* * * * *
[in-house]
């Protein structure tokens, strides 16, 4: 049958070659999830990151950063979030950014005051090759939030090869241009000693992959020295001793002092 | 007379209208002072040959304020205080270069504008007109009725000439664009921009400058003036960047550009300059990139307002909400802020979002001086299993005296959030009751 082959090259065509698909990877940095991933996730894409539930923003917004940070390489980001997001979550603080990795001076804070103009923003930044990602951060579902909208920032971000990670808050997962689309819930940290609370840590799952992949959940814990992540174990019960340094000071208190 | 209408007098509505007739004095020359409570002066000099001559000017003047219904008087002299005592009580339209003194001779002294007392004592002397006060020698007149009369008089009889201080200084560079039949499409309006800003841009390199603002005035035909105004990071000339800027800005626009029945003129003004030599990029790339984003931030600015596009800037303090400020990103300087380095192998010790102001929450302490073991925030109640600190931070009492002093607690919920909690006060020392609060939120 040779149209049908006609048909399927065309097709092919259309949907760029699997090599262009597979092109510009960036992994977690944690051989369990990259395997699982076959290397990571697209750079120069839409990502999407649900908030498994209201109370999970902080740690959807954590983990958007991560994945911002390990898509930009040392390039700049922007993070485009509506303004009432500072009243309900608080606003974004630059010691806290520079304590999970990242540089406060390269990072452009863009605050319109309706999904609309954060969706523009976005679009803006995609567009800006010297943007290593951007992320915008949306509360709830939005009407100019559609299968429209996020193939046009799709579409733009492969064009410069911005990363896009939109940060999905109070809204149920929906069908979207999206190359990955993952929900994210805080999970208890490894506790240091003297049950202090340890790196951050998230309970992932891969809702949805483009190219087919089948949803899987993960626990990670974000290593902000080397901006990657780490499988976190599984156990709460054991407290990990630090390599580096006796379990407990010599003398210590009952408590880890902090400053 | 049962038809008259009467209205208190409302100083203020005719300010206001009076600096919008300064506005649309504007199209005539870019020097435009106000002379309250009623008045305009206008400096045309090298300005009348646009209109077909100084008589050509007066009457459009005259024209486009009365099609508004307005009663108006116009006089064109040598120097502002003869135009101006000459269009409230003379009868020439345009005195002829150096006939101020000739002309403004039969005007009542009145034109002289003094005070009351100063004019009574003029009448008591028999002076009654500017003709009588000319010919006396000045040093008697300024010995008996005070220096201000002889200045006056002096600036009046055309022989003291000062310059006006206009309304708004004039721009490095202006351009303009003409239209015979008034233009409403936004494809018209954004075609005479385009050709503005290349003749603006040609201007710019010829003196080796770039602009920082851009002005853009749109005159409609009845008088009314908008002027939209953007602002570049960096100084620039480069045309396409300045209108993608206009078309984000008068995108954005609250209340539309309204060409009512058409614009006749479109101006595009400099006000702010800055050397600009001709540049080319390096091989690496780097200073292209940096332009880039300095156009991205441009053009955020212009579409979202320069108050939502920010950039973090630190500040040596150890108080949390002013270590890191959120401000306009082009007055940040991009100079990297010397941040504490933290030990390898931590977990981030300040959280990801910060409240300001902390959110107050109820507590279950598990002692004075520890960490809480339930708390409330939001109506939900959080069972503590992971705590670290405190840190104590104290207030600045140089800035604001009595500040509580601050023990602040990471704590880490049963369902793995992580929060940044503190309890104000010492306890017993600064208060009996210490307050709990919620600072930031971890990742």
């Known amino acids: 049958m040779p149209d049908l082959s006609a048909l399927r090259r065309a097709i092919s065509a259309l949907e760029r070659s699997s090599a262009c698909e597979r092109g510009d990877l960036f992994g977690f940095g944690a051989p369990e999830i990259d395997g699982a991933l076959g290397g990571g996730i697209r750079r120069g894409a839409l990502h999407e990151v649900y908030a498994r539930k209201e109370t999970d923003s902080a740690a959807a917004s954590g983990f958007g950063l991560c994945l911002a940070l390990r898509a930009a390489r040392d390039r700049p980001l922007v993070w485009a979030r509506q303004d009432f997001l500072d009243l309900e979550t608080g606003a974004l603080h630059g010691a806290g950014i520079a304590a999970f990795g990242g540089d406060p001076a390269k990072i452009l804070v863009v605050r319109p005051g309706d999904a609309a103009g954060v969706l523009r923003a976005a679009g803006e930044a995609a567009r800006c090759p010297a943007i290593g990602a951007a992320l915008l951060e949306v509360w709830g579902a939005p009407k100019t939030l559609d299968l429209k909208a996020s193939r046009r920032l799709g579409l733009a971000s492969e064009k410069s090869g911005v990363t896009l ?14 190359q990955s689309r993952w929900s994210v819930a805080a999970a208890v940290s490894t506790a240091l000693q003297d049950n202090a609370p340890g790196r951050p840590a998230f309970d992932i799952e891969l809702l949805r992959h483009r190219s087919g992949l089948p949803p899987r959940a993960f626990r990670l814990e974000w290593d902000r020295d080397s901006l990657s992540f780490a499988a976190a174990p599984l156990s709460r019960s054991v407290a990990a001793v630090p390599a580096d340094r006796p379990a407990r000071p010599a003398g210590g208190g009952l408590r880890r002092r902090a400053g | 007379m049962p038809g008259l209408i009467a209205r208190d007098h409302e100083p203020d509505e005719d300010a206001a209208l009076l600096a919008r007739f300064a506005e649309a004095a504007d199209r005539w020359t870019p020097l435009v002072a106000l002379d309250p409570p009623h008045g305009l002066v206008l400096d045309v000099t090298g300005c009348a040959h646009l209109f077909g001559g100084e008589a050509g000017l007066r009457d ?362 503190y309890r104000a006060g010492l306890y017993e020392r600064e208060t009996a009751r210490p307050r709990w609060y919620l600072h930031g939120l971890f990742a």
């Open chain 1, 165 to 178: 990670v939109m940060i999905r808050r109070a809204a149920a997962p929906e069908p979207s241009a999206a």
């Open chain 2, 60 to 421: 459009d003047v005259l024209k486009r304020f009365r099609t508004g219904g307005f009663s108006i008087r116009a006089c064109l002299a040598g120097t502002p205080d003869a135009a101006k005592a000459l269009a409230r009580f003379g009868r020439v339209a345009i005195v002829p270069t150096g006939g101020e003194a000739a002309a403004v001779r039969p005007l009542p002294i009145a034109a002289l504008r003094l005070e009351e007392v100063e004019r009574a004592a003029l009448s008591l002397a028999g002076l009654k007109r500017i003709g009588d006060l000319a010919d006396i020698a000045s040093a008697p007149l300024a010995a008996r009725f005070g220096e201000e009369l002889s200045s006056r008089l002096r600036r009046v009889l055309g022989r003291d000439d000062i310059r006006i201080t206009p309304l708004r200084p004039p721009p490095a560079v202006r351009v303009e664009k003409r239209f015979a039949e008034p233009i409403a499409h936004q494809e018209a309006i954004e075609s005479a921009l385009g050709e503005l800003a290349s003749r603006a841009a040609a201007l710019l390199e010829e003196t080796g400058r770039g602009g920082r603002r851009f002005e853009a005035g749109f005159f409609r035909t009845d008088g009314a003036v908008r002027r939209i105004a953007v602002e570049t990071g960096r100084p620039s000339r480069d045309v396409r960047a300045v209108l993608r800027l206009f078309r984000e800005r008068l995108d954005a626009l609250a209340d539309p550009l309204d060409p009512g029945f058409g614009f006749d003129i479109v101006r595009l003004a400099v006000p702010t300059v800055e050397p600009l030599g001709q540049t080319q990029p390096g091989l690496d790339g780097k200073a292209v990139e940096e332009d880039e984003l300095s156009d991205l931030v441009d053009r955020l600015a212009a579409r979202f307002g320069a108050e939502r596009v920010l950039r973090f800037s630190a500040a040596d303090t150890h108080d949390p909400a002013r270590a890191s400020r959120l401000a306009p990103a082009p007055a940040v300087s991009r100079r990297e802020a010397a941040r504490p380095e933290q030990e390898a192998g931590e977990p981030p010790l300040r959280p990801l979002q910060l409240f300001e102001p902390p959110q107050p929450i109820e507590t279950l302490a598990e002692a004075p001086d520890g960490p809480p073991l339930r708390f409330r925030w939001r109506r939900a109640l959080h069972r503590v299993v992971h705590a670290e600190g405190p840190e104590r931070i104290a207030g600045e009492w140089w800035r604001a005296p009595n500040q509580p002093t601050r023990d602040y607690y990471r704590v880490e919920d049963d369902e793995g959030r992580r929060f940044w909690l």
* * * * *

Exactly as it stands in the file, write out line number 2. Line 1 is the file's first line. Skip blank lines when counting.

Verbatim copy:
């Protein structure tokens, strides 16, 4: 049958070659999830990151950063979030950014005051090759939030090869241009000693992959020295001793002092 | 007379209208002072040959304020205080270069504008007109009725000439664009921009400058003036960047550009300059990139307002909400802020979002001086299993005296959030009751 082959090259065509698909990877940095991933996730894409539930923003917004940070390489980001997001979550603080990795001076804070103009923003930044990602951060579902909208920032971000990670808050997962689309819930940290609370840590799952992949959940814990992540174990019960340094000071208190 | 209408007098509505007739004095020359409570002066000099001559000017003047219904008087002299005592009580339209003194001779002294007392004592002397006060020698007149009369008089009889201080200084560079039949499409309006800003841009390199603002005035035909105004990071000339800027800005626009029945003129003004030599990029790339984003931030600015596009800037303090400020990103300087380095192998010790102001929450302490073991925030109640600190931070009492002093607690919920909690006060020392609060939120 040779149209049908006609048909399927065309097709092919259309949907760029699997090599262009597979092109510009960036992994977690944690051989369990990259395997699982076959290397990571697209750079120069839409990502999407649900908030498994209201109370999970902080740690959807954590983990958007991560994945911002390990898509930009040392390039700049922007993070485009509506303004009432500072009243309900608080606003974004630059010691806290520079304590999970990242540089406060390269990072452009863009605050319109309706999904609309954060969706523009976005679009803006995609567009800006010297943007290593951007992320915008949306509360709830939005009407100019559609299968429209996020193939046009799709579409733009492969064009410069911005990363896009939109940060999905109070809204149920929906069908979207999206190359990955993952929900994210805080999970208890490894506790240091003297049950202090340890790196951050998230309970992932891969809702949805483009190219087919089948949803899987993960626990990670974000290593902000080397901006990657780490499988976190599984156990709460054991407290990990630090390599580096006796379990407990010599003398210590009952408590880890902090400053 | 049962038809008259009467209205208190409302100083203020005719300010206001009076600096919008300064506005649309504007199209005539870019020097435009106000002379309250009623008045305009206008400096045309090298300005009348646009209109077909100084008589050509007066009457459009005259024209486009009365099609508004307005009663108006116009006089064109040598120097502002003869135009101006000459269009409230003379009868020439345009005195002829150096006939101020000739002309403004039969005007009542009145034109002289003094005070009351100063004019009574003029009448008591028999002076009654500017003709009588000319010919006396000045040093008697300024010995008996005070220096201000002889200045006056002096600036009046055309022989003291000062310059006006206009309304708004004039721009490095202006351009303009003409239209015979008034233009409403936004494809018209954004075609005479385009050709503005290349003749603006040609201007710019010829003196080796770039602009920082851009002005853009749109005159409609009845008088009314908008002027939209953007602002570049960096100084620039480069045309396409300045209108993608206009078309984000008068995108954005609250209340539309309204060409009512058409614009006749479109101006595009400099006000702010800055050397600009001709540049080319390096091989690496780097200073292209940096332009880039300095156009991205441009053009955020212009579409979202320069108050939502920010950039973090630190500040040596150890108080949390002013270590890191959120401000306009082009007055940040991009100079990297010397941040504490933290030990390898931590977990981030300040959280990801910060409240300001902390959110107050109820507590279950598990002692004075520890960490809480339930708390409330939001109506939900959080069972503590992971705590670290405190840190104590104290207030600045140089800035604001009595500040509580601050023990602040990471704590880490049963369902793995992580929060940044503190309890104000010492306890017993600064208060009996210490307050709990919620600072930031971890990742």